\begin{aligned} X_a' &= x_a' \cdot G \\ X_b' &= x_b' \cdot G \\ x_a &= \hash{\hash{X_a' \cat X_b'} \cat X_a' } * x_a' \\ x_b &= \hash{\hash{X_a' \cat X_b'} \cat X_b' } * x_b' \\ x_a &= x_a \\ x_b &= x_b \\ X_a &= \hash{\hash{X_a' \cat X_b'} \cat X_a' } * X_a' \\ X_b &= \hash{\hash{X_a' \cat X_b'} \cat X_b' } * X_b' \\ x &= x_a + x_b + k_i \\ X &= X_a + X_b + k_i \cdot G_m\\ x &= x_a + x_b + k_i \\ X &= X_a + X_b + k_i \cdot G\\ \end{aligned} \tag{7}

### Commitment phase

This phase allows Alice and Bob to commit to using their keys.

#### Starting values

Alice needs to provide Bob with the following:

• Script public key: $K_{Sa}$
• Thaum public key $X_a'$

Bob needs to provide Alice with the following:

• Script public key: $K_{Sb}$
• Thaum public key $X_b'$

Using the above equations in (7), Alice and Bob can calculate $X$, $X_a$, $X_b$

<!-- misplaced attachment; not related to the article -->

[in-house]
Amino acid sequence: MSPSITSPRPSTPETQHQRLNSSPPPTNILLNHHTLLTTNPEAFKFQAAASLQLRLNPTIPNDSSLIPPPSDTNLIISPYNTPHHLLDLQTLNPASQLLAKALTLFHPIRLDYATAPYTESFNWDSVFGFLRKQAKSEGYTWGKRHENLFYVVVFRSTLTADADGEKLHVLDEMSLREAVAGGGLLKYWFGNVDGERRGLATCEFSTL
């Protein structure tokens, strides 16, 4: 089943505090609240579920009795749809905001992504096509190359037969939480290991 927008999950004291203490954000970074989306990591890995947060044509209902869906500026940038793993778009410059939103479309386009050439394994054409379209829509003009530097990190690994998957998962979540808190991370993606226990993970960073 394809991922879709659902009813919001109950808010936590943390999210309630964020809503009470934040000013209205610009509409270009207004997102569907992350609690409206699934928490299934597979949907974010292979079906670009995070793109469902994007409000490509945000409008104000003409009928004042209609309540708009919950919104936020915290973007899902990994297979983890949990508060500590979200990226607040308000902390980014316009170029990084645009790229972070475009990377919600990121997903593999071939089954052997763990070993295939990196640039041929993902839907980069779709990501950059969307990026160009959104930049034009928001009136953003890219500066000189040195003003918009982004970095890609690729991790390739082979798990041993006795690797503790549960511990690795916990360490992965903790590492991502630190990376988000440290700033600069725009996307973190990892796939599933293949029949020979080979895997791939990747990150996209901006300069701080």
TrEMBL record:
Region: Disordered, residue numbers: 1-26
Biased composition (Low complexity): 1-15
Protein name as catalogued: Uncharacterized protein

### Tari payment

Alice will construct the Tari UTXO with the correct script and publish the containing transaction to the blockchain, knowing that she can reclaim her Tari if Bob vanishes or tries to break the agreement. This is done with standard Mimblewimble rules and signatures.

### Thaum payment

When Bob sees that the Tari UTXO that Alice created is mined on the Tari blockchain with the correct script, Bob can publish the Thaum transaction containing the Thaum commitment with the aggregate key $X = X_a + X_b + k_i \cdot G$.

### Claim Tari

When Alice sees that the Thaum commitment that Bob created is confirmed on the second layer containing the correct aggregate key $X$, she can provide Bob with the required pre_image to spend the Tari UTXO. She does not have the missing key $x_b$ to claim the Thaum yet, but it will be revealed when Bob claims the Tari.

Bob can now supply the pre_image and his Monero private key as transaction input to unlock the script.

### Claim Thaum

Alice can now see that Bob spent the Tari UTXO, and by examining the input_data required to satisfy the script, she can learn Bob's secret Thaum key. Although this private key $x_b$ is now public knowledge, her part of the Thaum spend key is still private, and thus only she knows the complete Thaum spend key. She can use this knowledge to claim the Thaum commitment.